Although I have never done it personally or been a part of a denomination that emphasizes it, I do not deny that the Spirit gives some the gift of tongues. I also believe that water baptism is a sacrament commanded by the Lord and we, in obedience, should be baptized. I also believe in the Baptism of the Spirit and I believe that it can come at any time. Some receive it simultaneous to confession and water baptism, some at a later date. As a person of faith who has been greatly and beneficially influenced by the teachings of John Wesley, I have come to an understanding that salvation is a process, one that God begins even before we are aware and continues until we reach our bodily death and go on to be with Christ in perfection. I feel that while on this planet, salvation is a journey, not a destination.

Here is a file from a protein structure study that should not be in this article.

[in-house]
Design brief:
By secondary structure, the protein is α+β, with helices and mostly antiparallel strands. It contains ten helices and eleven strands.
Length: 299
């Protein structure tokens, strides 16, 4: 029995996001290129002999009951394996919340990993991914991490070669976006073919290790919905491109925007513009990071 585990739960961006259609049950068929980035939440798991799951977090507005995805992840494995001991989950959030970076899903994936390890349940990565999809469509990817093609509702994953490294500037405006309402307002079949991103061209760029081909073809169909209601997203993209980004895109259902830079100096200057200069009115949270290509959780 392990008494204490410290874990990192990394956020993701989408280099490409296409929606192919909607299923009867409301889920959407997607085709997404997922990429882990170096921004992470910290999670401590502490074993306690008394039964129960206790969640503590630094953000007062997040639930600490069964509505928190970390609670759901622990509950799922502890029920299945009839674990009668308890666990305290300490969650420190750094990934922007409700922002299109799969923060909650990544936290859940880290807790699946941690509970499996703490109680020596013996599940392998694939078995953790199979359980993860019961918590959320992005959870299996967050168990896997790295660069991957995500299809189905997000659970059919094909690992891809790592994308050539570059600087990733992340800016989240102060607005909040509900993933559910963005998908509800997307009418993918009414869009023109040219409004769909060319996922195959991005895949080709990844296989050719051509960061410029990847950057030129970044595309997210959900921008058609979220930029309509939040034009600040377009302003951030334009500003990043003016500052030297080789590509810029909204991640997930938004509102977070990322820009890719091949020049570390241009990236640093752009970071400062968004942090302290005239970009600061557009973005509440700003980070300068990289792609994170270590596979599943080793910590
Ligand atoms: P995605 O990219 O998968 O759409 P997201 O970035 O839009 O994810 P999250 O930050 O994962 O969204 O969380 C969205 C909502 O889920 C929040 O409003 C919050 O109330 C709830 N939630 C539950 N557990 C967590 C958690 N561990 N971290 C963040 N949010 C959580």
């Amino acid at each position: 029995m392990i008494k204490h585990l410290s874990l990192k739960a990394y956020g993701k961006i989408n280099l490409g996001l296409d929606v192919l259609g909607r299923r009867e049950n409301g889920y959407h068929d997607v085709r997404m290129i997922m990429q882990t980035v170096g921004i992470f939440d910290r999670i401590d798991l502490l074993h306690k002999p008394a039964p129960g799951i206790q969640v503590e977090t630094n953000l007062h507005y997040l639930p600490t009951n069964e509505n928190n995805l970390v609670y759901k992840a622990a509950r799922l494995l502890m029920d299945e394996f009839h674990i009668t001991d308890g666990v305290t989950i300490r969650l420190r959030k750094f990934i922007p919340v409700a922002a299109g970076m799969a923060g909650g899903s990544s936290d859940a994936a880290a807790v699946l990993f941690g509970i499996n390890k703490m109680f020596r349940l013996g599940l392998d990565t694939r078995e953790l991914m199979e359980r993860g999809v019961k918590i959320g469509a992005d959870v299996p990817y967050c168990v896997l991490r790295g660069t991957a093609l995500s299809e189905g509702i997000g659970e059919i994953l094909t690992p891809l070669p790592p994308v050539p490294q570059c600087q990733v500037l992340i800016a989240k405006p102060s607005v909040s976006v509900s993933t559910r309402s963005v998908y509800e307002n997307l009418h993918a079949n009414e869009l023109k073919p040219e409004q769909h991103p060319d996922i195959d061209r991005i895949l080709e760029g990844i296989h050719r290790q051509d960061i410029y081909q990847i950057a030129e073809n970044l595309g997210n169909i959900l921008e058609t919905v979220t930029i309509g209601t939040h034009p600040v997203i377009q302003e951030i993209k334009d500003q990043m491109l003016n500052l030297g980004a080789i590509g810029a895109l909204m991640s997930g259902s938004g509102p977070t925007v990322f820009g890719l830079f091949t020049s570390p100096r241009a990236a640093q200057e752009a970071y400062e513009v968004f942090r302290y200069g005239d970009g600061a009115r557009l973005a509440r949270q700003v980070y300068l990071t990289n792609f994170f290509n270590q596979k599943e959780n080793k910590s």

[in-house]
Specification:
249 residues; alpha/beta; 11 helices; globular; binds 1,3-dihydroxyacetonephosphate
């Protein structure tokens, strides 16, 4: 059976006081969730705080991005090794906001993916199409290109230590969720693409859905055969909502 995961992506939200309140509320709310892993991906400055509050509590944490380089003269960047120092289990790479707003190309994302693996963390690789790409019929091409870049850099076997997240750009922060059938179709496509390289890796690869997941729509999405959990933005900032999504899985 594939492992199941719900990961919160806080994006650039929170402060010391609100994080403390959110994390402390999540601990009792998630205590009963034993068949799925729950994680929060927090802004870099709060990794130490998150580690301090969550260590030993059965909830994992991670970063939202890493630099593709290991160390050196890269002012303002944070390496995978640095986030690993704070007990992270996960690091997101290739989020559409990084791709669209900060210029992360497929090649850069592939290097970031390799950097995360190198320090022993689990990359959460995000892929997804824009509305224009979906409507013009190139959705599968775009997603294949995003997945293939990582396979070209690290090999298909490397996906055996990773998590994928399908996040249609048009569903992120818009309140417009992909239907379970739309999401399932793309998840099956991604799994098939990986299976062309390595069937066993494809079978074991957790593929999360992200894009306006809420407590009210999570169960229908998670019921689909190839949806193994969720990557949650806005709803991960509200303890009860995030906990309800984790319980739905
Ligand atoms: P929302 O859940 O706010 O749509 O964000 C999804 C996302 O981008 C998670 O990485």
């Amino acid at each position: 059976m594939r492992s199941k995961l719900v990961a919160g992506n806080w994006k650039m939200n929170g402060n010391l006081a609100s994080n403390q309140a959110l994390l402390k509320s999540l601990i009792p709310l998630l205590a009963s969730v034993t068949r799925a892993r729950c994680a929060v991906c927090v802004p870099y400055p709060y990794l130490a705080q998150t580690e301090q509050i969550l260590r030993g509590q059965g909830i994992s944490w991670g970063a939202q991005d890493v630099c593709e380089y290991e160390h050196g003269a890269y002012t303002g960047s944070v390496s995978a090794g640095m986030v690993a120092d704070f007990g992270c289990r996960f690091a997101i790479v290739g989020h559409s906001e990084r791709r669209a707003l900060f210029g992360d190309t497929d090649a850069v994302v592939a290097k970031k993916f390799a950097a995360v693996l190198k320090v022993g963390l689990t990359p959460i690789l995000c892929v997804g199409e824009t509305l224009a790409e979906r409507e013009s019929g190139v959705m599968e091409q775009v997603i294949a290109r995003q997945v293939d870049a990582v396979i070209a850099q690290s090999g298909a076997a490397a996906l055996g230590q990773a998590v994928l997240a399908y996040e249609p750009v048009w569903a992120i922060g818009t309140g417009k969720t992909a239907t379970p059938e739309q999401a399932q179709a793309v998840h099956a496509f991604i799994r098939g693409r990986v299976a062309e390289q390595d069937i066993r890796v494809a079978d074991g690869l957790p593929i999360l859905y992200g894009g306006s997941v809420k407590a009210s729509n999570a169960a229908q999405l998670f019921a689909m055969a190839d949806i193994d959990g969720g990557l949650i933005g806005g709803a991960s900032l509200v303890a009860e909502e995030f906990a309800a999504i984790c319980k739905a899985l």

While I have never uttered anything in a strange tongue, the Lord has done a bit of loosening of my tongue for the edification of the Body. My spiritual gift is the gift of teaching. This particular gift has been recognized by many who have come in contact with me and I am confident of this gifting by the Spirit, a gifting that is solidly found in Scripture. The power of understanding and knowledge that came over me in 2001-2004 I can only attribute to being baptized by the Holy Spirit. It was a special and memorable and incredible time with Christ's Holy Spirit that empowered me. It happened both in an instant and over the course of those years, and still continues, although not as forcibly as that initial period of baptism. It is not of my own natural abilities, although I do have natural abilities, given to me by God through both my DNA and my upbringing, which combined with my giftedness in the Spirit, edifies the Body of Christ that I am a part of. It is something I take great joy in and do with all soberness of mind.